You are from Plano and you're the authority on how boudain is spelled! Well you are wrong!!!!
Boudain is like saying I love sausage. It all depends on who's making it! I like mine with mustard!
Wow, how insulting. Its typically a good idea to do a little research before you make foolish claims and speak in absolutes....I grew up in Baton Rouge and have just recently moved to Plano, pal
If you don't believe me, maybe you will believe Merriam-Webster:
Main Entry: bou·din
Pronunciation: \bü-ˈdan, -ˈdaⁿ\
Inflected Form(s): plural bou·dins\-ˈdanz, -ˈdaⁿ\
Etymology: Louisiana French & French, sausage
1 : blood sausage
2 : a spicy Cajun sausage containing rice and meat (as pork) or seafoodhttp://www.merriam-webster.com/dictionary/boudin
Or would you believe famous cajun chef John Folse?
Chef John Folse's "Nuttin' But Kickin'" Boudin
PREP TIME: 2 1/2 - 3 Hours
YIELDS: 70 (6-inch) linkshttp://www.jfolse.com/recipes/meats/pork18.htm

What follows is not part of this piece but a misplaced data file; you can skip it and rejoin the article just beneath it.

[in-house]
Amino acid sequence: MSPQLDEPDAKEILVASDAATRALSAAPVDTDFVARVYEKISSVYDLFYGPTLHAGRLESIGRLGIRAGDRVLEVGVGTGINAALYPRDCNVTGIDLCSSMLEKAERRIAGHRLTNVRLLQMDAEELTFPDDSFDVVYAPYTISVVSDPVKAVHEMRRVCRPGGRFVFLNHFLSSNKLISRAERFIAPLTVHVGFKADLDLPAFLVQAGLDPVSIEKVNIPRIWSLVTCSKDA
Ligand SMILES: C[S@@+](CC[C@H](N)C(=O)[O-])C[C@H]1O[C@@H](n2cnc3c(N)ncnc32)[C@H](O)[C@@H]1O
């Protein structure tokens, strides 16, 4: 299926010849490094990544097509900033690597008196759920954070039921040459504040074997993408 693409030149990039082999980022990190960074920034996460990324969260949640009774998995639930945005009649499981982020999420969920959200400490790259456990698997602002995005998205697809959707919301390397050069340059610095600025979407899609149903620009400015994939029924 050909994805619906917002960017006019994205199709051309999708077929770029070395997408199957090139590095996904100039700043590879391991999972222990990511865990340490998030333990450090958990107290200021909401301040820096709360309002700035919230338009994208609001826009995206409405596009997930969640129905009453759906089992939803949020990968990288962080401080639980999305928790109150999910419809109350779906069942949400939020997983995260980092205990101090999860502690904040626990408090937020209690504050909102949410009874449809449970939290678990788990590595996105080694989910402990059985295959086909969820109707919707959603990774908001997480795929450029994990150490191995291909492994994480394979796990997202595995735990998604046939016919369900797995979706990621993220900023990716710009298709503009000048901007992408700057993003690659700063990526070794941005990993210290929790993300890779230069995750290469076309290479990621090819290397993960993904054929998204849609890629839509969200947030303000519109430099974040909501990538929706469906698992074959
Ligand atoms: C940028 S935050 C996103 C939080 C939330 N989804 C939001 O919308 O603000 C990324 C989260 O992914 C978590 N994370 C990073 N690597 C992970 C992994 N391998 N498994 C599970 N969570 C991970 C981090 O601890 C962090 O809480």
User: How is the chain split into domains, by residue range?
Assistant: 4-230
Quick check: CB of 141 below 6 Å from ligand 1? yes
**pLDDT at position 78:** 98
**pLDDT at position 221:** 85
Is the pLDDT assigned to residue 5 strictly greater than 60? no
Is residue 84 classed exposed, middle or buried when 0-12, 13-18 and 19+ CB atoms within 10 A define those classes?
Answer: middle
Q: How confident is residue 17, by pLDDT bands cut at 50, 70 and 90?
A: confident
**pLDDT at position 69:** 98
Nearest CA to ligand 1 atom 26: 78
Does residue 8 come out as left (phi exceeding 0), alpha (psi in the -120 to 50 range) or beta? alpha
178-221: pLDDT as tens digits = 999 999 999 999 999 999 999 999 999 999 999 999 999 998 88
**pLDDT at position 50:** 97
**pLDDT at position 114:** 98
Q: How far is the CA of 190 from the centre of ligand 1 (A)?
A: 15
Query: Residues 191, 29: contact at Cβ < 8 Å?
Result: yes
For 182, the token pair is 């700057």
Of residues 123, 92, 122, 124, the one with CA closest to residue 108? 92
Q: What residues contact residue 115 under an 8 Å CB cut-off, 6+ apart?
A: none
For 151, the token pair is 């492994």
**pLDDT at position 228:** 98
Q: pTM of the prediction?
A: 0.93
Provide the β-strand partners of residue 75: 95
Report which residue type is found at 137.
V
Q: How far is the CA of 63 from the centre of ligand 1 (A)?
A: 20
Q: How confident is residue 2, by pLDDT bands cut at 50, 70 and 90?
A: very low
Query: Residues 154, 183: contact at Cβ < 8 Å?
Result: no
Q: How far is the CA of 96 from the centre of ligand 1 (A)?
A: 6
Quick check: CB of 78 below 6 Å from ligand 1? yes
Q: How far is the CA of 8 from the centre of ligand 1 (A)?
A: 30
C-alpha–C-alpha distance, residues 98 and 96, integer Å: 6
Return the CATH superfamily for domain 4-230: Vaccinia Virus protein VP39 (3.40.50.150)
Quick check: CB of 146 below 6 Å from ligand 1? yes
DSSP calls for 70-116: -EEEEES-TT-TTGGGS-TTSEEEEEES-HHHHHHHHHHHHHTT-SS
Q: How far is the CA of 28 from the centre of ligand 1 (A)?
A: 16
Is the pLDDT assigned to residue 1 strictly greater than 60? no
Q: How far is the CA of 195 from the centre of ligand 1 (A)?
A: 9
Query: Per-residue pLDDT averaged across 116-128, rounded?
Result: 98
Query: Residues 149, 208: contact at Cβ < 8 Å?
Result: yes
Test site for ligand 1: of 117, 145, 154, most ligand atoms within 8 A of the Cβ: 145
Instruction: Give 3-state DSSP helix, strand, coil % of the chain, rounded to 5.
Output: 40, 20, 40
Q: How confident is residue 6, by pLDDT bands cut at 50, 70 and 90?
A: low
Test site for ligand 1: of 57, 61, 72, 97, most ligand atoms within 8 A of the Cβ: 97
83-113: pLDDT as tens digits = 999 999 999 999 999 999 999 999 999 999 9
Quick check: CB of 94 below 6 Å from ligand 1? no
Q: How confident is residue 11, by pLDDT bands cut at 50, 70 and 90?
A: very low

How about the late, great Justin Wilson?http://books.google.com/books?id=UwXZzVE...din&f=false
Get the idea?
Anyway, spelling aside, I have a recipe that I use to actually make Boudin that is excellent. When I can't get back to Baton Rouge, I just make it for myself. Its better than any of the mass produced, pre-packaged stuff, but not quite as good as my favorite little hole in the wall. I still haven't figured out exactly what they put in theirs, but its just absolutely amazing.
Oh, and here is another delicious recipe if you already have the boudin (I substitute beef stock in place of the veal reduction). This one is by Emeril Lagasse (who also spells it Boudin): http://www.emerils.com/recipe/183/boudin-with-jambalaya-grits